Available with Network Analyst license.
When you edit source features, you may also need to edit tables that relate the features to other data so that the relationships aren't broken. For instance, if you have historical traffic data, you may need to edit the Streets-Profiles and Streets-TMC join tables. If your network has signposts, the table that joins signposts to streets may need to be edited. The specific reason for these possible edits is that each record in these join tables associates data with a source feature, a side of the feature, and a length of the feature using the feature class ID, feature ID, from position, and to position.
Here are some points to consider when editing source features:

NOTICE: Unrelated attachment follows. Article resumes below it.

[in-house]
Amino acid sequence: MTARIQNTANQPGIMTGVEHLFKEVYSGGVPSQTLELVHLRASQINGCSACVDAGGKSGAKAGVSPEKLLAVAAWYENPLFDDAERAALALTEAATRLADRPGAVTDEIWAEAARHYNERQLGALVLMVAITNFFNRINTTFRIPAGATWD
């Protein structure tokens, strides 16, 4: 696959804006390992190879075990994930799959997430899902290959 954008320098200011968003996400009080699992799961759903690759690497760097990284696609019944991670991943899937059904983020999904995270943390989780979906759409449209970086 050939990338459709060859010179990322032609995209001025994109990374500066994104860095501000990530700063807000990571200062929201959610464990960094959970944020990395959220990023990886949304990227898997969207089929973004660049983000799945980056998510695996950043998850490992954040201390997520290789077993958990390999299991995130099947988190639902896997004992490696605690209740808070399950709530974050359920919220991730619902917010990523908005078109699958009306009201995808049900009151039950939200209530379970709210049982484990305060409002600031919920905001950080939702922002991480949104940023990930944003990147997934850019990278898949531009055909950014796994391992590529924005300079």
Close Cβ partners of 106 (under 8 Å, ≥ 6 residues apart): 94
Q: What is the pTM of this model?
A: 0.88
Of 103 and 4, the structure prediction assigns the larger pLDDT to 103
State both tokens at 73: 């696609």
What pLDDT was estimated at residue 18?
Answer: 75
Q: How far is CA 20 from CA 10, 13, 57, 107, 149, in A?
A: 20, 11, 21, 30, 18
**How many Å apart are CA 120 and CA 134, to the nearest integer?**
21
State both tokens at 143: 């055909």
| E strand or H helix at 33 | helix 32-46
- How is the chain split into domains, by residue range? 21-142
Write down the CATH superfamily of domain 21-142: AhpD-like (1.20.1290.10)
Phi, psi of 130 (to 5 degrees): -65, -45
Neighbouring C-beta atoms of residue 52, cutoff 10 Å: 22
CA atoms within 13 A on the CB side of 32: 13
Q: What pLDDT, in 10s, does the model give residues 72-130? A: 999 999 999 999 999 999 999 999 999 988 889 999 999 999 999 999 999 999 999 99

- If you change the shape or attributes of a source feature, this won't cause the creation or deletion of any object IDs; therefore, the source feature will continue to be associated with the same data, such as traffic profiles or signposts, after the rebuild process.
- If you delete a source feature, the associated records in the join table will become irrelevant. The associated records should also be deleted, but this is not required.
- If you split an existing source feature, the feature is divided into two parts: one part retains the Object ID of the original feature, and the other part is assigned a new ID. The source feature with the old ID will continue to be associated with the same join-table records as the original source feature. The part with the new ID will not be associated with any join-table records; therefore, you will need to add one or more records to the join table to ensure the previous relationships are maintained.
- New features that you add to the network will not have any associated traffic profiles until you add corresponding records to the Streets Daily-Profiles table and rebuild the network.